The actual construction involves the numbers of bunches, the placement of picks, the overall shape. Relevant to the construction- great evergreen material, concrete wire, bamboo stakes, big zip ties, mini zip ties, foam forms.  A conterpiece of this size has a stout bamboo stake which goes deep into the container.  Additional anchoring with bamboo or steel is done during the installation.  

These boxwood sculptures have a lush look.  Once they are dropped into their winter pots, there will be not hint of all the mess and hard work-just a graceful reminder of the garden that will be handsome to look at during the winter months.


  1. Mary Starnes says

    What an amazing process. Are you using the dry floral foam for your bases? Your winter pots are stunning! Thanks and I agree with your above reader, it’s like taking a horticulture/creativity class online. Thanks

    • Deborah Silver says

      Dear Mary, I do use dry floral foam-it gives me the freedom to stick stems any which way I want-as opposed to always straight down into the dirt. Deborah

  2. Gayle in GA says

    I too enjoy reading your site and I check in everyday. So glad you are willing to teach us how you make some of those beautiful winter pots. Thanks so much.

  3. I find it interesting how you do your pots. I never thought to whittle the stems or to use bamboo stems. Thanks for sharing your methods! I would love to see more of your winter containers.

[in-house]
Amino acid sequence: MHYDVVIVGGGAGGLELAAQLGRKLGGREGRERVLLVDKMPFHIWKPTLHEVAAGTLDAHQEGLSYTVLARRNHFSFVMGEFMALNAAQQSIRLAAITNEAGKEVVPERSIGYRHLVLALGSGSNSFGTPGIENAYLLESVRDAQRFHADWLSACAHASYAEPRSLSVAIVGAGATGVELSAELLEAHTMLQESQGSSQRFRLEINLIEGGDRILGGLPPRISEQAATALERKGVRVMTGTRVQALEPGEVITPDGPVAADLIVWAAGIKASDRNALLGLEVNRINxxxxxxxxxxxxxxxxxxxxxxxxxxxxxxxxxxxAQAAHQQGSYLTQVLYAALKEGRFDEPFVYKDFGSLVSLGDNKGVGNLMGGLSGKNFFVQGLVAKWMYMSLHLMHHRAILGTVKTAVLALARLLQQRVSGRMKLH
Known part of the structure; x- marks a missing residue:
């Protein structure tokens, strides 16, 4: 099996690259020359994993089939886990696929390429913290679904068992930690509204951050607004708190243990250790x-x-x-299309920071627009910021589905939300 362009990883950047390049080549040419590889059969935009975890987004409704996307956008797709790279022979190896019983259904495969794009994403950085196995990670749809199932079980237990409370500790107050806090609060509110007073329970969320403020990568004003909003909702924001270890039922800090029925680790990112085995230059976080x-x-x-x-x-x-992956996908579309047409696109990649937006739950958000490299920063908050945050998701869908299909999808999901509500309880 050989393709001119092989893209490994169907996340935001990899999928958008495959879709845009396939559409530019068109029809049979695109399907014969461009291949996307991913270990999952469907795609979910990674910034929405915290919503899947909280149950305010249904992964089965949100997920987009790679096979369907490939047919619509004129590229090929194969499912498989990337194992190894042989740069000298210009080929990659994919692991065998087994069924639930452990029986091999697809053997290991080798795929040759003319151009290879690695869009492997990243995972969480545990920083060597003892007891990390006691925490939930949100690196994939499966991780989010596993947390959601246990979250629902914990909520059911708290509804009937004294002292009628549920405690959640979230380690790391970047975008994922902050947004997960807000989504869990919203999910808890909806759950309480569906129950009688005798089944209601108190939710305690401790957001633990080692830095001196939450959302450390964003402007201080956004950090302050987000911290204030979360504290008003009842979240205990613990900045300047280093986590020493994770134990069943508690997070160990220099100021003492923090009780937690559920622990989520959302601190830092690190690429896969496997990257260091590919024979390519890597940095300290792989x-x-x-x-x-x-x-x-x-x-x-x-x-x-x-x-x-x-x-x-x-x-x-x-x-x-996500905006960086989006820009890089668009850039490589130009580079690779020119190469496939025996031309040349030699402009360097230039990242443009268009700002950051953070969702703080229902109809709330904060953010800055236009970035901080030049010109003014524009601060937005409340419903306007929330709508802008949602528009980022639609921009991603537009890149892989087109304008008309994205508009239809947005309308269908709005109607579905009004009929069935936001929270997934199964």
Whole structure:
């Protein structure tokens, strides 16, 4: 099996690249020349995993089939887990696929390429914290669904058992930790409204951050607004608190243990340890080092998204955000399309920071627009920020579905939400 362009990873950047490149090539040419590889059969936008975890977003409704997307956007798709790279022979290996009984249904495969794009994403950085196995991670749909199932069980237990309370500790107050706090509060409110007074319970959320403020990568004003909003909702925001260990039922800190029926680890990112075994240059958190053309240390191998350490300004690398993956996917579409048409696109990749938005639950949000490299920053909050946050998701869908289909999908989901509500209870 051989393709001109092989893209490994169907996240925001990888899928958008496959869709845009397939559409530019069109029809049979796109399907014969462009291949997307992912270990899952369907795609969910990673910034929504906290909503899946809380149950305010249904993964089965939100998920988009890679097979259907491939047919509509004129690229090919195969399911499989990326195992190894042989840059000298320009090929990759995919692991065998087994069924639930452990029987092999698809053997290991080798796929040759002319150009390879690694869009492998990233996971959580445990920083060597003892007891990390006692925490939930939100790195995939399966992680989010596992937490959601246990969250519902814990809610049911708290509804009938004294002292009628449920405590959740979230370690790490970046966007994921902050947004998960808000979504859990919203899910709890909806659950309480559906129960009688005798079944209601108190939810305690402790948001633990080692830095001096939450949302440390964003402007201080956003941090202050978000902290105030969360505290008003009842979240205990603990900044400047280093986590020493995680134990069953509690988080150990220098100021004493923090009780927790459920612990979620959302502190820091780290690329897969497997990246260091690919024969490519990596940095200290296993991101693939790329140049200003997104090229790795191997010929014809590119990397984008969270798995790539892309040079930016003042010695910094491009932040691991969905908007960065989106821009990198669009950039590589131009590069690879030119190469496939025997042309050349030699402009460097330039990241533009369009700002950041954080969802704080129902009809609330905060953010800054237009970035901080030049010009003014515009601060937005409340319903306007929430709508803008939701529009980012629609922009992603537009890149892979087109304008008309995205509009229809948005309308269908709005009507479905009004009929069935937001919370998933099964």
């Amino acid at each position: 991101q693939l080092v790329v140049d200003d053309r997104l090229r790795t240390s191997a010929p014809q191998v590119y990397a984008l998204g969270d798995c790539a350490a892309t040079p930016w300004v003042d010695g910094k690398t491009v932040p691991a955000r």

4. I absolutely love your designs! How do you anchor the foam base with the greens to the pots? I am one of those that goes out in the cold to arrange winter pots and am so glad to consider an alternative 🙂 We have lots of wind in the cold Idaho winters so securing everything properly is a major problem. Thanks so much for sharing your work!

    • Deborah Silver says

      Dear Lisa, We do a double layer of foam (glued together)-and set the form that is already stuffed right on top of the soil in the pot-we may take the soil down 4 inches or so. If its a windy site, drive bamboo stakes through the foam and down into the soil in 3 or 4 places. A tall centerpeiece should have its own stake. Deborah

  5. DS is a regular stop on my daily blog tour. I always look forward to see what you’re sharing with us next. Thank you!

  6. Gayle in GA says

    I have a question for you. You stated the winter pots will last until April. If the evergreen boughs and boxwood are live, why don’t the needles and leaves drop off before April? Love your winter pots. Wish I lived closer as I would love to visit your shop.

    • Deborah Silver says

      Dear Gayle, I do not know why. I do know that an evergreen that dies in the landscape will be green a very long time before the needles brown. If you have a dead spruce in your yard, chances are it died months previous. Christmas trees are cut months head of the holiday season. Boxwood leaves will turn brown-and still hold on. If you cut willow branches before they naturally shed-they will not shed-you have to pull the leaves off by hand. The process of dehiscing-or letting go of leaves-I don’t know that much about the science of it.